• Election commission officials recalculate ballots at a district election commission in Kiev on Tuesday, Oct. 30, 2012. Ukrainian opposition parties on Tuesday appeared split over whether to recognize the ruling party's victory in a parliamentary election denounced as unfair by international observers. (AP Photo/Sergei Chuzavkov)Election commission officials recalculate ballots at a district election commission in Kiev on Tuesday, Oct. 30, 2012. Ukrainian opposition parties on Tuesday appeared split over whether to recognize the ruling party's victory in a parliamentary election denounced as unfair by international observers. (AP Photo/Sergei Chuzavkov)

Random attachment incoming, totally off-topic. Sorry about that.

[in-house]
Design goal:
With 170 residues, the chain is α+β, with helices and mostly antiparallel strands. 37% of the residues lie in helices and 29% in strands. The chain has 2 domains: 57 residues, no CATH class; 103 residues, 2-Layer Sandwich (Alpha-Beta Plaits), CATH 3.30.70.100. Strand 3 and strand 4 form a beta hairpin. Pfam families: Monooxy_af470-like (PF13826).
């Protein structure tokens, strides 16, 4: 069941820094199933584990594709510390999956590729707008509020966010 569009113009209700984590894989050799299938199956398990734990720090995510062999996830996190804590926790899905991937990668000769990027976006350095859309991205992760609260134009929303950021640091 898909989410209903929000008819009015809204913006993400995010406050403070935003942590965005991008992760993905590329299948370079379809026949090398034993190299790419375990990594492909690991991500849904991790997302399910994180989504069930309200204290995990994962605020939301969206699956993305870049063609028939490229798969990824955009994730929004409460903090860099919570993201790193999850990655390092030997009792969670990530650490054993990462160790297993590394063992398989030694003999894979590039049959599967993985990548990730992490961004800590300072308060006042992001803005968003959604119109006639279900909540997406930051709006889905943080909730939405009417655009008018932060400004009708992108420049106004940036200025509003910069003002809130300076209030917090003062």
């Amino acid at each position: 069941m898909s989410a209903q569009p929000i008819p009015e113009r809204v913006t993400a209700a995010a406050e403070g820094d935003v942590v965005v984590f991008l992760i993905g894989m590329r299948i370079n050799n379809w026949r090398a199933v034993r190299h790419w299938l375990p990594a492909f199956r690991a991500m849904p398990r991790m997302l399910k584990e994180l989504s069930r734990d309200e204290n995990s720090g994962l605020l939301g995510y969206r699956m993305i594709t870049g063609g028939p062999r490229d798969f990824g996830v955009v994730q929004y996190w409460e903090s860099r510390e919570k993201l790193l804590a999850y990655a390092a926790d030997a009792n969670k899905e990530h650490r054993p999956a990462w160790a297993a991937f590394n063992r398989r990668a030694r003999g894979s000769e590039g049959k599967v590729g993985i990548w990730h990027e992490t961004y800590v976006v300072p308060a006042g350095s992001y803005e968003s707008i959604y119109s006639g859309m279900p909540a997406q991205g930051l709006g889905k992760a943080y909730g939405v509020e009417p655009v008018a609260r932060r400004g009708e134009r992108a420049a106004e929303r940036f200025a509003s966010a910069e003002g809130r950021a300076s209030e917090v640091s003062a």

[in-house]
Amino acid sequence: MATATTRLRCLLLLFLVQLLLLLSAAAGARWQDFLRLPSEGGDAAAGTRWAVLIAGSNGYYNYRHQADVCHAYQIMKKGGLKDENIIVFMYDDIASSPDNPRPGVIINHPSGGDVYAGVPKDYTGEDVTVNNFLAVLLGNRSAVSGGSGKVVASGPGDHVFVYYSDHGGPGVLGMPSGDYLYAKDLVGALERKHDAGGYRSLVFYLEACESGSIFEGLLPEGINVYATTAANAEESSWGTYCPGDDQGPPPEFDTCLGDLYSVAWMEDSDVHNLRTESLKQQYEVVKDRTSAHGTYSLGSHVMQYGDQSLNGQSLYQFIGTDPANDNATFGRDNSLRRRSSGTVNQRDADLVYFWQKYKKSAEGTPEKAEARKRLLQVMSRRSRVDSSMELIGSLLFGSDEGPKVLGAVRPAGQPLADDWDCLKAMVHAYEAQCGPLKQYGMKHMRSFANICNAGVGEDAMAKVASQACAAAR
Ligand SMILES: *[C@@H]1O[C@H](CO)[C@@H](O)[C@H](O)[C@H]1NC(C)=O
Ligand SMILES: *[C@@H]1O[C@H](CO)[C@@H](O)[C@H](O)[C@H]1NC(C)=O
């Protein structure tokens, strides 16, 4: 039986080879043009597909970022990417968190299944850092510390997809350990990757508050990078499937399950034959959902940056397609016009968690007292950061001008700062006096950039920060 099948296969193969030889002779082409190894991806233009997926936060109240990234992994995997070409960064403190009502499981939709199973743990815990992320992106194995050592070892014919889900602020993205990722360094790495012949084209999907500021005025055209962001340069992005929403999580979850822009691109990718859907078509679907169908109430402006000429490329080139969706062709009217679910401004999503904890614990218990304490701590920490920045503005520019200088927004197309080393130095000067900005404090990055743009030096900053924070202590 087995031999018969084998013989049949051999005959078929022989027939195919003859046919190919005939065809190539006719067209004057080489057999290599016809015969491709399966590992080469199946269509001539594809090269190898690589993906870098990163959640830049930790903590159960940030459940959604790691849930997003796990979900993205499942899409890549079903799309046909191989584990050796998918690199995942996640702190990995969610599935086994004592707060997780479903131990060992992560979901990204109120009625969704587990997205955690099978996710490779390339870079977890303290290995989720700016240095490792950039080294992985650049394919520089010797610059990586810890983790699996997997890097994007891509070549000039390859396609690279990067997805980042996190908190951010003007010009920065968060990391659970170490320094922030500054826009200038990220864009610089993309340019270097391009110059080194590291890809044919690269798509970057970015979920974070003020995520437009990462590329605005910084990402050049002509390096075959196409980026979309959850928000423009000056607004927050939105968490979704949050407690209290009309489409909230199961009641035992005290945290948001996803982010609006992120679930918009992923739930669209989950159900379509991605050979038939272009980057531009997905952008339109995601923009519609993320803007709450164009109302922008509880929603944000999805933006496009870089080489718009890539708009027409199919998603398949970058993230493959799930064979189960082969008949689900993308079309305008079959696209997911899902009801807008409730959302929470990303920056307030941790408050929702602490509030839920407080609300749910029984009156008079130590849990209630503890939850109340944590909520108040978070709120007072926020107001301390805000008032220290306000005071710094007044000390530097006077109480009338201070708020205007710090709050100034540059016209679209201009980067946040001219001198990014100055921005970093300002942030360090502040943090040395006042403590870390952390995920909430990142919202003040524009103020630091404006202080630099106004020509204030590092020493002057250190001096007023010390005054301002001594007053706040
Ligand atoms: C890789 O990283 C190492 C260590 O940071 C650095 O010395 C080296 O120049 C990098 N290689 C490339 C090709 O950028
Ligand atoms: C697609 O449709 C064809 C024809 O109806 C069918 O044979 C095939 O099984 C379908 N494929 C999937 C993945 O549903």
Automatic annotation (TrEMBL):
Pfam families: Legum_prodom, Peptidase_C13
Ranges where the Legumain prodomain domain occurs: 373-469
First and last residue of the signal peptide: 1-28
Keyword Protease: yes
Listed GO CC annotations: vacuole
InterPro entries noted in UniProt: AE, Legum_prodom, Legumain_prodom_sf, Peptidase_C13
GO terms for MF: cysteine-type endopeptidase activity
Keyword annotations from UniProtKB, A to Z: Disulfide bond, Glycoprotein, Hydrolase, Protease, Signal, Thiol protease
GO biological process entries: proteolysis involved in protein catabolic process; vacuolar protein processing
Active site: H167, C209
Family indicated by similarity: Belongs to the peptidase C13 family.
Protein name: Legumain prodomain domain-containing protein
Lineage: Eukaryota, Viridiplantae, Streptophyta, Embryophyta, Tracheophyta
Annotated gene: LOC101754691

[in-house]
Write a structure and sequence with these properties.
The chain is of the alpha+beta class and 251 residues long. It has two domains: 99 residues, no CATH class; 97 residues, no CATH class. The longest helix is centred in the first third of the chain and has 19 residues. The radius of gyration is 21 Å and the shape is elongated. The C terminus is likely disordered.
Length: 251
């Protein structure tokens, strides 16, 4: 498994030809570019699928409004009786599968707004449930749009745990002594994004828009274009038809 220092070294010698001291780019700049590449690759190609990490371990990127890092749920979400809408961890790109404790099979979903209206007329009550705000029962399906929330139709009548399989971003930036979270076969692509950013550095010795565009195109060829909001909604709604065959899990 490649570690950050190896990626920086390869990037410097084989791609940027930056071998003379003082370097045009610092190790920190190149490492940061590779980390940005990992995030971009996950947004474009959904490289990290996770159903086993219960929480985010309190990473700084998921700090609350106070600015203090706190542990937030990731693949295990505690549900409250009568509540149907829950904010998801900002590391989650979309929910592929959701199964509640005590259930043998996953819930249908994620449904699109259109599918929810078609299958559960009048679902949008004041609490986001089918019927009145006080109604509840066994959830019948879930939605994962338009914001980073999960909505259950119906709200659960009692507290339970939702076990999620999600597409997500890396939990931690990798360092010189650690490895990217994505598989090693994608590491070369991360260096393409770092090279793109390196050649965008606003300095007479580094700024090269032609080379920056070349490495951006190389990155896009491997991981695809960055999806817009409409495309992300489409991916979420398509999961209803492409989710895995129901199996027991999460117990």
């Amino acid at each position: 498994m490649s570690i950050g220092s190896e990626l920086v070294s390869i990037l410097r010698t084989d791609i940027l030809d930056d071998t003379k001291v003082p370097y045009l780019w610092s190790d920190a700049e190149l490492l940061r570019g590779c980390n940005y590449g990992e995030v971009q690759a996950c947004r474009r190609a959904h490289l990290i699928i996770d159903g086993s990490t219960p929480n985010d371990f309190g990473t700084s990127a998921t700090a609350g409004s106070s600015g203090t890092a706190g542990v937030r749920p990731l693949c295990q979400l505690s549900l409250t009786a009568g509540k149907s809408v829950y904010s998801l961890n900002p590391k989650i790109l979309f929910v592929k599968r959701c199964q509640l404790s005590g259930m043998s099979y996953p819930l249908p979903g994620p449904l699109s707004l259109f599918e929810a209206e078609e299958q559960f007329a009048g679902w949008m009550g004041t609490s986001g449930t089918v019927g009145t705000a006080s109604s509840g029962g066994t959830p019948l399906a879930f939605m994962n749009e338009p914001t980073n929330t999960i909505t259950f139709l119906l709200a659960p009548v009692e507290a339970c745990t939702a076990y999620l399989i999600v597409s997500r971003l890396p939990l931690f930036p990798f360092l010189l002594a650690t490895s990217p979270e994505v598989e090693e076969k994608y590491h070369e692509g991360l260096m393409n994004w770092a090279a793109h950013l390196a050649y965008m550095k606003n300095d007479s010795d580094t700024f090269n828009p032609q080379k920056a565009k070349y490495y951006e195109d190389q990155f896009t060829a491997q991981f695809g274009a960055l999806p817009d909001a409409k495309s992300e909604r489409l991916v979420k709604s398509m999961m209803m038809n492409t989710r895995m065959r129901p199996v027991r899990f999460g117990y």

• Vitali Klitschko (center), chairman of the Ukrainian opposition party Udar (Punch) and WBC heavyweight champion boxer, speaks with members of the election commission at their office in Brovary, Ukraine, on Tuesday, Oct. 30, 2012. Ukrainian opposition parties are scrambling for position after the ruling party scored a confident victory in parliamentary elections denounced as unfair by international observers. (AP Photo/Olexander Kosarev)Vitali Klitschko (center), chairman of the Ukrainian opposition party Udar (Punch) and WBC heavyweight champion boxer, speaks with members of the election commission at their office in Brovary, Ukraine, on Tuesday, Oct. 30, 2012. Ukrainian opposition parties are scrambling for position after the ruling party scored a confident victory in parliamentary elections denounced as unfair by international observers. (AP Photo/Olexander Kosarev)